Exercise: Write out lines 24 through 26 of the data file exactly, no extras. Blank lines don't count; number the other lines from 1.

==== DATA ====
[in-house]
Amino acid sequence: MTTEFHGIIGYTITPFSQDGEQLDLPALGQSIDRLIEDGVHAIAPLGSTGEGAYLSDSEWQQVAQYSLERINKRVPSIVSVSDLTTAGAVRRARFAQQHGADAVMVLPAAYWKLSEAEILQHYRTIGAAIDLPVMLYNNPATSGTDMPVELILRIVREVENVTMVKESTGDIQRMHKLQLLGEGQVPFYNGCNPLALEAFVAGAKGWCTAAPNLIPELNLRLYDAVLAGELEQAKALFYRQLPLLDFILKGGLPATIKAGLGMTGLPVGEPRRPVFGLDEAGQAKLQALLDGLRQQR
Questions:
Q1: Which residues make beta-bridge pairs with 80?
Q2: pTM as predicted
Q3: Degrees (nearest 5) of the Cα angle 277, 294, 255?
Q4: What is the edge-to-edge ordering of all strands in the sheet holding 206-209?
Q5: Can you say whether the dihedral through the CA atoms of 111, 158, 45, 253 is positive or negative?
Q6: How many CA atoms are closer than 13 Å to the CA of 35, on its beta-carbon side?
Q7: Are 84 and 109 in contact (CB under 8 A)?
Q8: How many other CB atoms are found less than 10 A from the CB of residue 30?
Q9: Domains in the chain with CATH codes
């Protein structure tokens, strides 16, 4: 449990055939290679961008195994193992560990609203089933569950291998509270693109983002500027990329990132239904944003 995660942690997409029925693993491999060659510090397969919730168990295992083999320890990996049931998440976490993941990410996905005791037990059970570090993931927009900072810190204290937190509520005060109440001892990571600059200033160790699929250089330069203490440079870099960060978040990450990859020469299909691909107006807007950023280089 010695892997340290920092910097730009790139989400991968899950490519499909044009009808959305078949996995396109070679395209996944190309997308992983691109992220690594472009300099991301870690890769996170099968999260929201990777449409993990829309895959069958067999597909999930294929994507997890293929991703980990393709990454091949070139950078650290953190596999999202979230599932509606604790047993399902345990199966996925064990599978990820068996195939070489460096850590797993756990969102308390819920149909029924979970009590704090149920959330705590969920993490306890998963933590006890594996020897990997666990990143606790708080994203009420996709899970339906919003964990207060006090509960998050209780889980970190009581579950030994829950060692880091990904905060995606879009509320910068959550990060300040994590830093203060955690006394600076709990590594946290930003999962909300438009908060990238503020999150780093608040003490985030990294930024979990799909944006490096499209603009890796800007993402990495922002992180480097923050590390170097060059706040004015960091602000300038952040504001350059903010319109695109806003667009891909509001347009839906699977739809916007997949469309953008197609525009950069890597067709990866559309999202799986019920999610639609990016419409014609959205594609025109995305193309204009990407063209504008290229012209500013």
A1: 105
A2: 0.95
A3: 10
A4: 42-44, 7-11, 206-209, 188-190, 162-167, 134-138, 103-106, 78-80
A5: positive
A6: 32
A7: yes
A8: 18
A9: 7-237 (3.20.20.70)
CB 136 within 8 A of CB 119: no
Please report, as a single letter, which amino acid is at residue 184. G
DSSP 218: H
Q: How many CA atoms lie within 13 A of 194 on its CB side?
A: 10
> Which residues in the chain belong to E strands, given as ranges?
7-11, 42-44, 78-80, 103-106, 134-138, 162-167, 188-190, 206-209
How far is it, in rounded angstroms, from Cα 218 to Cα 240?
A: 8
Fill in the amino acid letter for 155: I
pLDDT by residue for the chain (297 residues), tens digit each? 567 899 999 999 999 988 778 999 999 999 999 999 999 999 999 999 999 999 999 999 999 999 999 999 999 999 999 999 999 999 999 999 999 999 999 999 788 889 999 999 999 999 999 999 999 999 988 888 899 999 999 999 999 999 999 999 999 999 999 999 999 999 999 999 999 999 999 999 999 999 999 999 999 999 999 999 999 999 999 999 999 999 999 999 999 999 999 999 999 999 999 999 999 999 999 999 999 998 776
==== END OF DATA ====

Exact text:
Please report, as a single letter, which amino acid is at residue 184. G
DSSP 218: H
Q: How many CA atoms lie within 13 A of 194 on its CB side?